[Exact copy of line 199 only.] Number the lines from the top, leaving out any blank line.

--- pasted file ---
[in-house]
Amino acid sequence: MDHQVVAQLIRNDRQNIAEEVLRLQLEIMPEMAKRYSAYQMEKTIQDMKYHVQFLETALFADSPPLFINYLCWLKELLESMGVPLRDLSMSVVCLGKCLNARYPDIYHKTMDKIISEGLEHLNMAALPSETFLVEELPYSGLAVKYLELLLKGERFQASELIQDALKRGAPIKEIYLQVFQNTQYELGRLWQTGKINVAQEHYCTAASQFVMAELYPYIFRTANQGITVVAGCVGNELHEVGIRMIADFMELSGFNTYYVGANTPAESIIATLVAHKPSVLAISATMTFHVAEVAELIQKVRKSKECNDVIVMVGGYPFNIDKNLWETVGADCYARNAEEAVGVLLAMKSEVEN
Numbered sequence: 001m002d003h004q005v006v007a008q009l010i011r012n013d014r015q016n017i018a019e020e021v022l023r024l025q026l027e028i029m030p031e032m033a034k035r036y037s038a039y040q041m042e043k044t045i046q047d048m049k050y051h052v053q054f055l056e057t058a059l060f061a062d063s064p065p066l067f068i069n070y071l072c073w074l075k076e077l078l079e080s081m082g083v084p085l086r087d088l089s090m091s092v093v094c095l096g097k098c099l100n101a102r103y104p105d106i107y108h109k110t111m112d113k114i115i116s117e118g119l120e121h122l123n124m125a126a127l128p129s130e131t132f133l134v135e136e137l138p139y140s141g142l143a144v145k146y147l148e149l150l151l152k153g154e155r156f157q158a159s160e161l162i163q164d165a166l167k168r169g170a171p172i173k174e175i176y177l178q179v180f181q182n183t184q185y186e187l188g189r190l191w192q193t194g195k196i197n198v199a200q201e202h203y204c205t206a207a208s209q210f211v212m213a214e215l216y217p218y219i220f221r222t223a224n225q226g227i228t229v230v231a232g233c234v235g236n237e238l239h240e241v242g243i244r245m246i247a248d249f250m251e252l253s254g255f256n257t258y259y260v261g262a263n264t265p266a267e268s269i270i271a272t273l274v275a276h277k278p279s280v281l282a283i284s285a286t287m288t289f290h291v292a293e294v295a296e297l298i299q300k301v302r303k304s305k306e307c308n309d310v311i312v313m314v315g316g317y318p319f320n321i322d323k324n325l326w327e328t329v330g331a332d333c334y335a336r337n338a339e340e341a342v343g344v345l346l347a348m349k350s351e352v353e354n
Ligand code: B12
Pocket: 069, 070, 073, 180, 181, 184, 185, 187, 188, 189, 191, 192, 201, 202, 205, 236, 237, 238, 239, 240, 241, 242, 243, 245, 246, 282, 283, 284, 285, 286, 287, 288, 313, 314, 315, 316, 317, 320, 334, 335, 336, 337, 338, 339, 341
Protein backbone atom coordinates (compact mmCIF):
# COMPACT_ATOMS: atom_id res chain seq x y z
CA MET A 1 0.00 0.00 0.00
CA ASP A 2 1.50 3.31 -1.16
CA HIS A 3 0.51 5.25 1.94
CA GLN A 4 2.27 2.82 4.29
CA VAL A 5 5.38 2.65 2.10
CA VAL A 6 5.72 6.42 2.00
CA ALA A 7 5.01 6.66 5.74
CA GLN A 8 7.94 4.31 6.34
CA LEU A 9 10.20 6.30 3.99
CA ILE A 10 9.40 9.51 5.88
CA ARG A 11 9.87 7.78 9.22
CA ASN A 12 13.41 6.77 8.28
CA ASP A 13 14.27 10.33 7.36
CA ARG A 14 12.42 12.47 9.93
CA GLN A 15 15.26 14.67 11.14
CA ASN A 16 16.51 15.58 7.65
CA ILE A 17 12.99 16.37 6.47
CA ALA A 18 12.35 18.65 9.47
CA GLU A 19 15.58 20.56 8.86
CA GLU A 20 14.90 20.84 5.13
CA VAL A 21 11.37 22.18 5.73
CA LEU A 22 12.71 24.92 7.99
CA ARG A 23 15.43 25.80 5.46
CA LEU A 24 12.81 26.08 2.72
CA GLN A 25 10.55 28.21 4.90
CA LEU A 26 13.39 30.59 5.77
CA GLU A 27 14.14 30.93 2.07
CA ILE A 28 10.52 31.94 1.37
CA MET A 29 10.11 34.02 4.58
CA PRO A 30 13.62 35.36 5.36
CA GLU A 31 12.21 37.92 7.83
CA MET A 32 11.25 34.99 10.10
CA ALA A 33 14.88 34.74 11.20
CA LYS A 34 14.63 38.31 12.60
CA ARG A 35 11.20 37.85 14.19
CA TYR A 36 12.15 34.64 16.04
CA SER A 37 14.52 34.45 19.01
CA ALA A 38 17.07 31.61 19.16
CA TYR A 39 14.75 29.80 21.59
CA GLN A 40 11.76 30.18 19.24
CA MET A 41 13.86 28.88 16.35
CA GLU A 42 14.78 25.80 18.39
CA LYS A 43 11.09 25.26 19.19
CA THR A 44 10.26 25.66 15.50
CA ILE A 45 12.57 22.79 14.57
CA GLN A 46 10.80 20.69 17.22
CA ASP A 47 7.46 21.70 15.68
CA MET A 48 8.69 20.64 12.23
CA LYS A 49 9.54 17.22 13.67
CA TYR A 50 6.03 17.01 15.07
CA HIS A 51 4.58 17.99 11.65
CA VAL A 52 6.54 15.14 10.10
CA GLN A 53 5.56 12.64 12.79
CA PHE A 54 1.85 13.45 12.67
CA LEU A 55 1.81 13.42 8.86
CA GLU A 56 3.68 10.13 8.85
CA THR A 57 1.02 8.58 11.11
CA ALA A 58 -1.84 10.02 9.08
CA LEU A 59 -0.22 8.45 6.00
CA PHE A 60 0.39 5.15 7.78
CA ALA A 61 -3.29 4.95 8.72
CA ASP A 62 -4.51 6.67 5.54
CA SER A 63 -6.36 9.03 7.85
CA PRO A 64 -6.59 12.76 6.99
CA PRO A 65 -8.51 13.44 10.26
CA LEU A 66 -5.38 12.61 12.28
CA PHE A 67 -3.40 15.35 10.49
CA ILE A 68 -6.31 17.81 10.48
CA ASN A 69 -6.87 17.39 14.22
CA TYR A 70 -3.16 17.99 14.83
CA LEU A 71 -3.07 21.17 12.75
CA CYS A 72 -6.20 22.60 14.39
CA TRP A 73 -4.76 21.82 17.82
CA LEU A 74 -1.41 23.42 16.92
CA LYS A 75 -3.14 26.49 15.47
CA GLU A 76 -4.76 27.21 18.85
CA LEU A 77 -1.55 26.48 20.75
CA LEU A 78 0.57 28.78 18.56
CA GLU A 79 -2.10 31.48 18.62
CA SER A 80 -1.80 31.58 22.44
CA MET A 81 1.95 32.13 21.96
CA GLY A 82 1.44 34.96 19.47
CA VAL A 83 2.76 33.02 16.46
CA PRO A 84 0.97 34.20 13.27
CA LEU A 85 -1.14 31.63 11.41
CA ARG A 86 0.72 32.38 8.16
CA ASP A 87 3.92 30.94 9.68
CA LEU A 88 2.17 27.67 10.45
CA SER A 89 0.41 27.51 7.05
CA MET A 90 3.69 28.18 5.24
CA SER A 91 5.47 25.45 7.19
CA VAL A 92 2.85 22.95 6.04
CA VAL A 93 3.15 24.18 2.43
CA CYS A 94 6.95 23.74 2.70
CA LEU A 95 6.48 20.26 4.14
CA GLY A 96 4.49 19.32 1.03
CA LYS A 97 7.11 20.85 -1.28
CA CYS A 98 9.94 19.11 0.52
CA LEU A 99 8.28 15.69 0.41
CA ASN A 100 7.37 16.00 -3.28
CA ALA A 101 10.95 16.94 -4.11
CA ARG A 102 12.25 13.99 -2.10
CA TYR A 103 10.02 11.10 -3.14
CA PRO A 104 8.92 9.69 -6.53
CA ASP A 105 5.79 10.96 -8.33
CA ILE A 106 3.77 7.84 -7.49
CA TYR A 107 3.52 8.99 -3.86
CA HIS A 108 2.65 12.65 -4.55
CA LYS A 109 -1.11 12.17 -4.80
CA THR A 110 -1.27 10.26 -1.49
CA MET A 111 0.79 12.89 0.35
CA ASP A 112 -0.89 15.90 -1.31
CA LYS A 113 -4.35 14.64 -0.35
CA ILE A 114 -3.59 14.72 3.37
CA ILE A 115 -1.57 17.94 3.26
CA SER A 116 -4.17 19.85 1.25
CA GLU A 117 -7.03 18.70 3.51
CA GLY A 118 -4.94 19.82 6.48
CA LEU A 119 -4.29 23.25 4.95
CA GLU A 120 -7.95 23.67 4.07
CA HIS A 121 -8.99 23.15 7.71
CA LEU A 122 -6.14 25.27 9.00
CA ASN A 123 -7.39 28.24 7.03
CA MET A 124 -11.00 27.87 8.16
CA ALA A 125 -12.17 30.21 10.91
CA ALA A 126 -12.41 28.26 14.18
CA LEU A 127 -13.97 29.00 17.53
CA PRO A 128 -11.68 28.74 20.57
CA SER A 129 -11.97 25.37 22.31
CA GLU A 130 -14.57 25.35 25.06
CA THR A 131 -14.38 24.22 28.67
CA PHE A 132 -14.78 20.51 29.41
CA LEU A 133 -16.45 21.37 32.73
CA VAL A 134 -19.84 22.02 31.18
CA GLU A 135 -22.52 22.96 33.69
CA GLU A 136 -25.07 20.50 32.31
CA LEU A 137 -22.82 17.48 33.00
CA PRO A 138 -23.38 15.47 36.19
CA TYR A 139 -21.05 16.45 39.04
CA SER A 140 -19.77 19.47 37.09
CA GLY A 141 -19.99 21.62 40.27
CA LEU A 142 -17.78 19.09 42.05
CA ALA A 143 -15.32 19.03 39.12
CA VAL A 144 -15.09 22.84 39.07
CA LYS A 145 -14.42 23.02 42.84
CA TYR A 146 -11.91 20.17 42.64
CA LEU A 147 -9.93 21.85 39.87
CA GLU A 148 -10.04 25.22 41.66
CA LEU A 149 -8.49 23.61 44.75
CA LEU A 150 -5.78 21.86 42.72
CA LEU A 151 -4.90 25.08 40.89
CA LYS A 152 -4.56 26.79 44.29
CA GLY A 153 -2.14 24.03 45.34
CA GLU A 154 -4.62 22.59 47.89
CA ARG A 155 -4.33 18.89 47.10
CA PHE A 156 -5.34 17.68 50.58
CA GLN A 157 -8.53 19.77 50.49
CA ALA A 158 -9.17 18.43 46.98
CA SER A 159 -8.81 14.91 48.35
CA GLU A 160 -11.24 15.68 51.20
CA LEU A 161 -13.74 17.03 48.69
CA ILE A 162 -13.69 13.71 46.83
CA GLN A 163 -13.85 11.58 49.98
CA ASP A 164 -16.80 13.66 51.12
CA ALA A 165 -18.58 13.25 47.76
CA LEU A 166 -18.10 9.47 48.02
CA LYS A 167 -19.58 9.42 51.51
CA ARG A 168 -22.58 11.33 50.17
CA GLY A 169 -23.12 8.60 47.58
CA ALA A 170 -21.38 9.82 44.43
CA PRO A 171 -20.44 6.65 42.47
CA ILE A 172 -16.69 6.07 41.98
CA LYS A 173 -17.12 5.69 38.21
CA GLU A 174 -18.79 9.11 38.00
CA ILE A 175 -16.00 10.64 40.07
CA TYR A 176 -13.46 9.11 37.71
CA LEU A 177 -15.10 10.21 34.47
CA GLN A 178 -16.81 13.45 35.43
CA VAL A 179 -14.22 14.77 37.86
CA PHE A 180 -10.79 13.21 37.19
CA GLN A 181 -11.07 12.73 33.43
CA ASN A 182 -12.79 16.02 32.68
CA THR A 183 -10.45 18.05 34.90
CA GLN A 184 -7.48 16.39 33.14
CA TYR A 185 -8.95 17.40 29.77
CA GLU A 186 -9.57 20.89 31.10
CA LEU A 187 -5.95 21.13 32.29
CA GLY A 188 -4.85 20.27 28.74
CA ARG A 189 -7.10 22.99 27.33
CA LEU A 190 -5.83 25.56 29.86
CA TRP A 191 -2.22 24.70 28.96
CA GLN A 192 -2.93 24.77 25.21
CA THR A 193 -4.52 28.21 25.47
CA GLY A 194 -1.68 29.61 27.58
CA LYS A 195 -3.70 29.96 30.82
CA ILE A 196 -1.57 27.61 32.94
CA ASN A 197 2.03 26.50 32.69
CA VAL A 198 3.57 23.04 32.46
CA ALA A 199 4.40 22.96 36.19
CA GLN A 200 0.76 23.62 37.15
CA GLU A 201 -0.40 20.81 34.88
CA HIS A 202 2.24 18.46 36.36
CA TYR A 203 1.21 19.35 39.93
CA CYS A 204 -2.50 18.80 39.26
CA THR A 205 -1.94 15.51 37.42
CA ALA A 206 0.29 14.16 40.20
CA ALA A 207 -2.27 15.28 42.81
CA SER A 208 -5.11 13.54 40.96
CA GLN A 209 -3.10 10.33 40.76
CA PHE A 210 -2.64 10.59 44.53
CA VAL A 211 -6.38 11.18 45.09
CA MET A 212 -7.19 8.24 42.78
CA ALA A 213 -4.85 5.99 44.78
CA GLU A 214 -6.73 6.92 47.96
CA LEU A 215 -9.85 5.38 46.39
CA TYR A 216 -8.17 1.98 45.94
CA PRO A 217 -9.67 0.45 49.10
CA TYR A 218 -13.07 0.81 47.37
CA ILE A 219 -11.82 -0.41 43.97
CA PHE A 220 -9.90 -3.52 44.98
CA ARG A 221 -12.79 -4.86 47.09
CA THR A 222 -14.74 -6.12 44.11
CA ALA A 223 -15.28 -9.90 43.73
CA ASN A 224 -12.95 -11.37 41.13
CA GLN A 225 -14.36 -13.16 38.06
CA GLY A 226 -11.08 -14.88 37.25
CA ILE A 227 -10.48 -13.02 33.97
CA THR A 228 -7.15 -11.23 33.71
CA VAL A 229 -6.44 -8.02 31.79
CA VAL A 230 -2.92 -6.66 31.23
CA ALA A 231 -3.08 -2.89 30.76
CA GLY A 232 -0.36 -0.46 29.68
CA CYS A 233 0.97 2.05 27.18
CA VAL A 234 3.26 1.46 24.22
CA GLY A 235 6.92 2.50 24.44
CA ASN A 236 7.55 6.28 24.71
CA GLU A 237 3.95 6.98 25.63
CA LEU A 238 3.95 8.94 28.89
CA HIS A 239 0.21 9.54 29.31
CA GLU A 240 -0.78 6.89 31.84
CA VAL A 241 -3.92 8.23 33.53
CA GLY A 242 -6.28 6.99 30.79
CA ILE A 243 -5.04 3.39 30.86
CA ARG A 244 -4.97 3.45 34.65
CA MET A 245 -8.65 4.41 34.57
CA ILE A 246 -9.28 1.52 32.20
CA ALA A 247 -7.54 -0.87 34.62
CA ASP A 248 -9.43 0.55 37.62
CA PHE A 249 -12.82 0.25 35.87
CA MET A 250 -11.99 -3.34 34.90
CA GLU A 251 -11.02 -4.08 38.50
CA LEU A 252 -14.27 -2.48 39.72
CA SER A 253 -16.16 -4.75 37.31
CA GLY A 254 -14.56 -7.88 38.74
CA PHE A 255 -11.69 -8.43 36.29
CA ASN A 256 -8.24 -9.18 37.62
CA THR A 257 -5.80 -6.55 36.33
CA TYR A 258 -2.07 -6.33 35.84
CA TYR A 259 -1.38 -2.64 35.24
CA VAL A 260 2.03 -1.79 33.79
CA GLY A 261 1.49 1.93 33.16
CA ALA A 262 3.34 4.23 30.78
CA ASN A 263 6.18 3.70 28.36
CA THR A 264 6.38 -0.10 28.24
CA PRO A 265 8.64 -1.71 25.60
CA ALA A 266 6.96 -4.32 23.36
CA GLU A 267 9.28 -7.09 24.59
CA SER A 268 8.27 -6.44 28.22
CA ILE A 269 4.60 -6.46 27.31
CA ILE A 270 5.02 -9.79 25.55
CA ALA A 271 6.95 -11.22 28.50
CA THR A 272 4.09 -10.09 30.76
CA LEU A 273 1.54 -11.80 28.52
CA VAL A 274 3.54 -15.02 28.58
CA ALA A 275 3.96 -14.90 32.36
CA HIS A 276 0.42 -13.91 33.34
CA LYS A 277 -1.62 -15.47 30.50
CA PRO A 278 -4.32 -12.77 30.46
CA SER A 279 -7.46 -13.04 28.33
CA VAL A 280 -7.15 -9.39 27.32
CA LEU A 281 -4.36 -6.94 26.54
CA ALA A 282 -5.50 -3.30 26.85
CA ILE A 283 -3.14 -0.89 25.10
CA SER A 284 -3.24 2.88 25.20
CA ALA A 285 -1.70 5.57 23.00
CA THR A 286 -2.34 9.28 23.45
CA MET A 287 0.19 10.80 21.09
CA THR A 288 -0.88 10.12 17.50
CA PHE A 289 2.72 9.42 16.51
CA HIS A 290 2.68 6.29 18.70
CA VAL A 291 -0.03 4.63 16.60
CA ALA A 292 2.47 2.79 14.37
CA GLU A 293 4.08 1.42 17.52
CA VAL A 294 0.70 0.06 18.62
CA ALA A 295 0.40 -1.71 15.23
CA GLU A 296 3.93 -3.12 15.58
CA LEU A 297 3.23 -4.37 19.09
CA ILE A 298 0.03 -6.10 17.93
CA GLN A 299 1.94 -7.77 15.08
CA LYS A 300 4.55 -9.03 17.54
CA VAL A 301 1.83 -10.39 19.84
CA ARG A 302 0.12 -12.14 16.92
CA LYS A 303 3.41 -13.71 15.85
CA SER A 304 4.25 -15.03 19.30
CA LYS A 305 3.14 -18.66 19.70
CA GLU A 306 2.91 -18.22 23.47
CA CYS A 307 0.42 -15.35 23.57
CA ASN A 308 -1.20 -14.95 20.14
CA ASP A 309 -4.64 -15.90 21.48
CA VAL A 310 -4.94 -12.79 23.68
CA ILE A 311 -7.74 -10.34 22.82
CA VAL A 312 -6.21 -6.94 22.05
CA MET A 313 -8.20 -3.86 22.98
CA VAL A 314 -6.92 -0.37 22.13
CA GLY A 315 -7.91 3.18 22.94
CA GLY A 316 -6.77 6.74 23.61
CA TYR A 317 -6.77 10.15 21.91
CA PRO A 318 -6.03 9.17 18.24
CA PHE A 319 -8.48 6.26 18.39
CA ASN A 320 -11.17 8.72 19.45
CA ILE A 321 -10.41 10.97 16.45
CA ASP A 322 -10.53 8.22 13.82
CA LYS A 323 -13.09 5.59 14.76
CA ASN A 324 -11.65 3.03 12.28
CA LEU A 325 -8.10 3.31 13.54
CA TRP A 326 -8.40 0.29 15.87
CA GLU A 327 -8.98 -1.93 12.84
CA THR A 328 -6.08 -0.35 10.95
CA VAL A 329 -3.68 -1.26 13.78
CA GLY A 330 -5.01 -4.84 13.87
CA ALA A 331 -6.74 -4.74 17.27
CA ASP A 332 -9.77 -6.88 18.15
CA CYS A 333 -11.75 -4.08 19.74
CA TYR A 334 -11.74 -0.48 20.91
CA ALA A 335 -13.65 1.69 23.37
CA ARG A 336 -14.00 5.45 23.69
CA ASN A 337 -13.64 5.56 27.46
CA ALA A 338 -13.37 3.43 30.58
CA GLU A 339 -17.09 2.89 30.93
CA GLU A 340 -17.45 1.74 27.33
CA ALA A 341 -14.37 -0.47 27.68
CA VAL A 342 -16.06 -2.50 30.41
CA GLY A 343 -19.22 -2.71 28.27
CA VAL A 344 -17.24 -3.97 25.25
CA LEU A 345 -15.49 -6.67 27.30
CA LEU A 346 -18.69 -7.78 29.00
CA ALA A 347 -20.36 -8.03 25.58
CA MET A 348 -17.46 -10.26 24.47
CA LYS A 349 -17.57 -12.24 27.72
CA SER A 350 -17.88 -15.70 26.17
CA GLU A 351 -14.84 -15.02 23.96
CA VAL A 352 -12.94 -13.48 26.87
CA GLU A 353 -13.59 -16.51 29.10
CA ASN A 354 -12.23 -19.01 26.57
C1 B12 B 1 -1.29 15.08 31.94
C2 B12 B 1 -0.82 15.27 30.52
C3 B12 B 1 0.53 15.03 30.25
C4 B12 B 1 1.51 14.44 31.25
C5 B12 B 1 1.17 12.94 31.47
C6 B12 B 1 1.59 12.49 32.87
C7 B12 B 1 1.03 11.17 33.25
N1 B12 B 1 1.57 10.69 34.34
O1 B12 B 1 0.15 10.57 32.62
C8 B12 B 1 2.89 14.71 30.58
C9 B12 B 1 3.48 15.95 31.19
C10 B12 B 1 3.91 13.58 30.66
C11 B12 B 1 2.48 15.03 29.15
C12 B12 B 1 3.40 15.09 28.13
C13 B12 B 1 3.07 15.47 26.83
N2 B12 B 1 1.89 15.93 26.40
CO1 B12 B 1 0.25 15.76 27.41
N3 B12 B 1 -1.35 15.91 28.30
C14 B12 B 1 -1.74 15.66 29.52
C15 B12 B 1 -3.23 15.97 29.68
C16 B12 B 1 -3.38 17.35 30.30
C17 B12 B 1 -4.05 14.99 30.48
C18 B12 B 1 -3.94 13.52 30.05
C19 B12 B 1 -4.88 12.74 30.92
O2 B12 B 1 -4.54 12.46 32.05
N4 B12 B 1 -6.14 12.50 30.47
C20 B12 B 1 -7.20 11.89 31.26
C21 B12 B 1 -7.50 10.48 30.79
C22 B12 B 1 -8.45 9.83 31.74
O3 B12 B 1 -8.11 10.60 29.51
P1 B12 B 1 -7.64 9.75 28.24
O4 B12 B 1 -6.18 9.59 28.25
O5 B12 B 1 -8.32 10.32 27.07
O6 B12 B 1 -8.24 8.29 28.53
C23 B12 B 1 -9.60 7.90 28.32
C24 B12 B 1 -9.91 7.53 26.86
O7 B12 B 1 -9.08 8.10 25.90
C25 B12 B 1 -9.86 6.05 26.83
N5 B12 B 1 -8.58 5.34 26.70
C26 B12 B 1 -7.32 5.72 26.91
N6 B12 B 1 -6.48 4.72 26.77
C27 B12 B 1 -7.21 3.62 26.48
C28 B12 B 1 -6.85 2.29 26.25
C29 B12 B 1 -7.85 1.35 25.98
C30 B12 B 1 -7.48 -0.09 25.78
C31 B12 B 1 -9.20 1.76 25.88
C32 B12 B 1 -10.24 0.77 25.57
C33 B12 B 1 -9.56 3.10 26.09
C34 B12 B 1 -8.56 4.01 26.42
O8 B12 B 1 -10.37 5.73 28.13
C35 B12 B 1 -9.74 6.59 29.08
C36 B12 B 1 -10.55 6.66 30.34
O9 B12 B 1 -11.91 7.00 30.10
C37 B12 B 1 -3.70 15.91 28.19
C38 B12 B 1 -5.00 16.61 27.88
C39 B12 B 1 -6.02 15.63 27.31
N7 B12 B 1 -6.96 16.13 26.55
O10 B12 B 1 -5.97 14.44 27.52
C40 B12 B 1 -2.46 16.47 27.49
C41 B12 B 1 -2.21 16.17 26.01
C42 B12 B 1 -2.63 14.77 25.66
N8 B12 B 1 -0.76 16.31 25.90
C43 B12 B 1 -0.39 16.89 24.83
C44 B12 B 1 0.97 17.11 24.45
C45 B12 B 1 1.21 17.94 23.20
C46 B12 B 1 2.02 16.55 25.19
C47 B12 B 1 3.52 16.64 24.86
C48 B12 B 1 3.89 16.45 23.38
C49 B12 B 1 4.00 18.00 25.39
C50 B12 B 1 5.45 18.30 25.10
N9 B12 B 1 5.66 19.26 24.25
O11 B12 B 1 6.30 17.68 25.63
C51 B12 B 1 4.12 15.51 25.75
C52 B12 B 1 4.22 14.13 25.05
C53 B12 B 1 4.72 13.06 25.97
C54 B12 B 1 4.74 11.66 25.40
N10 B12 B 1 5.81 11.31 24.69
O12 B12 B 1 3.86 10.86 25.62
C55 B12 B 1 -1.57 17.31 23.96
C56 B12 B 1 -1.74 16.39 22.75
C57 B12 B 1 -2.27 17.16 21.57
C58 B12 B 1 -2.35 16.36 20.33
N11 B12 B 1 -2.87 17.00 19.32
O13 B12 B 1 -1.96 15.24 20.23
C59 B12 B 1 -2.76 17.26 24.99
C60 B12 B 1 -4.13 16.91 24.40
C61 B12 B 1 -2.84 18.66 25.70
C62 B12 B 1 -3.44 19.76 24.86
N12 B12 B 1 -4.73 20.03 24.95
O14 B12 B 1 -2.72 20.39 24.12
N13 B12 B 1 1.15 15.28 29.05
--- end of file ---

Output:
CA GLN A 192 -2.93 24.77 25.21